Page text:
HWL: India leave Bhubaneswar with a lot to be desired for

Despite a bronze, Marjine's men have a long way to go

HWL: India leave Bhubaneswar with a lot to be desired for

The World League Final was new coach Sjoerd Marjine's first major test and the new-look Indian side's as well. While a bronze medal in a tournament featuring the eight premier teams may sound like a success, there's still plenty of work to be done if India wish to stand on the podium when this city hosts the FIH World Cup next year.

The tournament saw India in their true avatar - brilliant one day and ordinary another. Even during matches, they swung from being exceptional to mediocrity that eventually saw them beat just one team - a totally depleted Germany - in regulation time. They could muster just one point in the group phase, the rousing performance against Australia being the only saving grace.

They were abysmal against England and Germany, midfielders and strikers lacking much creativity at the start when the marking was water-tight. They showed promise after the second half but by then the damage had already been done.

They put those setbacks aside and dished out one of their best performances in recent times to pip Olympic silver medallists Belgium in a nerve-shredding quarterfinal but were unable to counter adverse weather and a stubborn Argentina, the Olympic champions, in the semifinal. Even during the bronze medal match against Germany, who were to able to field just 11 players after the remaining were declared hors de combat, India looked scratchy for most parts but eventually secured another nervy 2-1 win.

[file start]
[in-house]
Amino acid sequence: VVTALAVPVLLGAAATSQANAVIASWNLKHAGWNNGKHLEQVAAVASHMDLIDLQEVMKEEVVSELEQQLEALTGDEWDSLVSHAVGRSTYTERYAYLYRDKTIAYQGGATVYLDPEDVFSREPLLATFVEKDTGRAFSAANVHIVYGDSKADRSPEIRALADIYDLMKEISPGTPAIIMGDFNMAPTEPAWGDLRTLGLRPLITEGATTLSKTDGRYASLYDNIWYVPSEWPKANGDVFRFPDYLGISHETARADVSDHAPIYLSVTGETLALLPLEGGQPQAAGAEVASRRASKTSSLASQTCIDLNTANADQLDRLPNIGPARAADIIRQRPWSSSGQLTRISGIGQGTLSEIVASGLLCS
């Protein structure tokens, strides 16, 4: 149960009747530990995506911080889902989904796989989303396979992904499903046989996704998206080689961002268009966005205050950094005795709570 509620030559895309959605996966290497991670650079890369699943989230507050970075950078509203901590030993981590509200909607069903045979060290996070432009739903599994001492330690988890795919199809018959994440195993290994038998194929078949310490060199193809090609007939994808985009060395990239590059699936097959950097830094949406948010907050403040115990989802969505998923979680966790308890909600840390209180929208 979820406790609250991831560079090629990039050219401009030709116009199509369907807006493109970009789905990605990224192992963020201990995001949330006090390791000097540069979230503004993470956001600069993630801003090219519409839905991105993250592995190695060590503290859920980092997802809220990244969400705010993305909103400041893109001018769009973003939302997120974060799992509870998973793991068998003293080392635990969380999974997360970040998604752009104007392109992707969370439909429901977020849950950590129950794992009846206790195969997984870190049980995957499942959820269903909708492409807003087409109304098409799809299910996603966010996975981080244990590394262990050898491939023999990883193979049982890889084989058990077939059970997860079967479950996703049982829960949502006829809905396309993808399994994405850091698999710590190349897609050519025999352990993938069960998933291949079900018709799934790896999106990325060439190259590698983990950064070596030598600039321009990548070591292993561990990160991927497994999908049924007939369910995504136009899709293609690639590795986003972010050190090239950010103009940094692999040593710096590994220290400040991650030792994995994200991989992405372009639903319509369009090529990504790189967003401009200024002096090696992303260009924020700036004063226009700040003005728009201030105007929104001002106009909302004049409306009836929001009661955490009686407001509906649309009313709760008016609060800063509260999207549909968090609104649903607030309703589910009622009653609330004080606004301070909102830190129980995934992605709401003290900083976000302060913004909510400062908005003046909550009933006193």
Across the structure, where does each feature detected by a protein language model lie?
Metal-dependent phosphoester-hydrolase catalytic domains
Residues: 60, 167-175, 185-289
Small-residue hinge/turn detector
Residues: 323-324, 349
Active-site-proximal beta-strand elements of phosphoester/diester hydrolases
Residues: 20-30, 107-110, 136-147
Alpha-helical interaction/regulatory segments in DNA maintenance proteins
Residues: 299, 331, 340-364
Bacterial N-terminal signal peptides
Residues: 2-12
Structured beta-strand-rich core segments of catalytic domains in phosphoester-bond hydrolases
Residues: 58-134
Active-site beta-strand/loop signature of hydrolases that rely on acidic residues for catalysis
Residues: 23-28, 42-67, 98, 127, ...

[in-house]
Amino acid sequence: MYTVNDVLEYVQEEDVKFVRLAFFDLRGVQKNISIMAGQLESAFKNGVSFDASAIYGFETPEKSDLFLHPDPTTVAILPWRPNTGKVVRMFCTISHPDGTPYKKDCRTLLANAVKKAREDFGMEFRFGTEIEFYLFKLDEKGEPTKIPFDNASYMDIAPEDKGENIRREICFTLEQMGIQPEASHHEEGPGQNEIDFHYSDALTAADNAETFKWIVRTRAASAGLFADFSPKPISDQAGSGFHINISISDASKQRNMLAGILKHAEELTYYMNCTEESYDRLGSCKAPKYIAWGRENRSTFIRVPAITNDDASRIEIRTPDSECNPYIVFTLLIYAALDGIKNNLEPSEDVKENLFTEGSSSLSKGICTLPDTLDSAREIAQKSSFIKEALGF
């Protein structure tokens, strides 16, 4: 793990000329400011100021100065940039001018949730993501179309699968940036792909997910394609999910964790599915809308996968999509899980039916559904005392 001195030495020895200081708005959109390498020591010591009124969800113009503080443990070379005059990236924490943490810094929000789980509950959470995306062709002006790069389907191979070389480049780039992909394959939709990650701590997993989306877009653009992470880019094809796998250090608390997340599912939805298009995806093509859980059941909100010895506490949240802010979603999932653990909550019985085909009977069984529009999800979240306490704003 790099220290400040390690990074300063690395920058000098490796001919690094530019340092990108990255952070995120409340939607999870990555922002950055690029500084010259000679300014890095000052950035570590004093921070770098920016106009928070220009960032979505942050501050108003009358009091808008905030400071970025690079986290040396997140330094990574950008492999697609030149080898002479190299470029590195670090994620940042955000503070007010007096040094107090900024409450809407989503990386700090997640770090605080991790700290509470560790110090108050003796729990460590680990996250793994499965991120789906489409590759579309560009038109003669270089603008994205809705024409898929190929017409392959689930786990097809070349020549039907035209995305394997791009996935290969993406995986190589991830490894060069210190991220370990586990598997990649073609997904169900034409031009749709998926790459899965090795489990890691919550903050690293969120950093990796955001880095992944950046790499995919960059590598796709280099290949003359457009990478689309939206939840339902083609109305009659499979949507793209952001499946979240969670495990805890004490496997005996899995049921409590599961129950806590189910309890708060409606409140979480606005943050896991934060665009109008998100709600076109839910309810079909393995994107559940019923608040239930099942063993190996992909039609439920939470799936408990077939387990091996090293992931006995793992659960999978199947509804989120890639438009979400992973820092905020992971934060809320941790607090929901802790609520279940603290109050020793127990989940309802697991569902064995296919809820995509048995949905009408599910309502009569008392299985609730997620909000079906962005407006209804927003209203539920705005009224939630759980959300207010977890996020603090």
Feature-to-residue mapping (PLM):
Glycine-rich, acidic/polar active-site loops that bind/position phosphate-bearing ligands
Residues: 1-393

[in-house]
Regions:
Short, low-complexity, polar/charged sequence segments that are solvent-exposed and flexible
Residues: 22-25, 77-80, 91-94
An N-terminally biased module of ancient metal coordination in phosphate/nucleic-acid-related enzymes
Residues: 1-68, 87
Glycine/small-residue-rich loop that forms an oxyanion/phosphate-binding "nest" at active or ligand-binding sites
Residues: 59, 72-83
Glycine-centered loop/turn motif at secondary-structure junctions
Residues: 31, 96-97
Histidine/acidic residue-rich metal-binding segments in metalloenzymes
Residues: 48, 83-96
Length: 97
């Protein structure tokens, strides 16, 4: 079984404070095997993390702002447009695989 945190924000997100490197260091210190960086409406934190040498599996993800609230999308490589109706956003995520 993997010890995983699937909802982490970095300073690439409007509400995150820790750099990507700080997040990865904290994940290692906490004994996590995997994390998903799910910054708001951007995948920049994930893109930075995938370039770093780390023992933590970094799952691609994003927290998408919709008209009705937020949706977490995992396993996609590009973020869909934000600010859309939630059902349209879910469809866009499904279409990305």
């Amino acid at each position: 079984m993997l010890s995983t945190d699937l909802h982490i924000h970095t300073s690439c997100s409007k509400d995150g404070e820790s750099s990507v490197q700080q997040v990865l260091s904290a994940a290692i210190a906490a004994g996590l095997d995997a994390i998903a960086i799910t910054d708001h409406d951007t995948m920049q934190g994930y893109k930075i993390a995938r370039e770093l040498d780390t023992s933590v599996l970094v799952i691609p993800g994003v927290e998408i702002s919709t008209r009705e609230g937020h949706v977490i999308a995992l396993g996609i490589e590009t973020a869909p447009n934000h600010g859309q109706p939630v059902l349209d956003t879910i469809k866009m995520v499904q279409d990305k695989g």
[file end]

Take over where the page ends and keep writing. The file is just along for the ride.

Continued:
Marjine, delighted after winning a second successive medal after taking charge in September, conceded that the inconsistency is a big worry and his goal is to rectify that ahead of a major year ahead. "The first thing I spoke about before coming for this tournament and the most important thing is consistency. That's the thing we need to work on. We played at the highest level. Now I know what happens with them mentally. Now I have an idea what steps needs to be taken and what we need to change to achieve consistency. We will take our time for that. We have to learn our lessons. The easier thing is to see what we didn't do good. I know that. But if you create chances, it means you did something good."

Marjine felt he's developed a good camaraderie with the players and that has helped him fit into the new role easily. "I am just the director behind the scenes. I like winning medals. It seems the connection is good between us. It comes both ways. You cannot be laid back as a coach and the players need to be receptive. We have to raise the bar every time. If we are too happy with this, it's not what the team wants. It's nice and good start to my journey."

A major worry for India in this tournament was the penalty corners where they misfired terribly. Rupinder Pal Singh, returning from injury, and youngster Harmanpreet Singh just didn't find their range as India were able to convert just five out of 23 attempts. Marjine, accepting it was indeed massive cause for concern, chose to dwell on the positives instead.

"For me it's always about the team, not the individuals. We want to score 100 goals. There are seven young guys who played the tournament at the highest level against top countries. The guys train so hard to improve PCs. I hope you are proud that they won the bronze medal. I am proud. We can see now that we can play against every country. Players really believe they can beat every country. That's a big step."

While it's indeed a step forward, Marjine and his wards know the amount of miles that need to be covered further to narrow the distance between them and the top guns.

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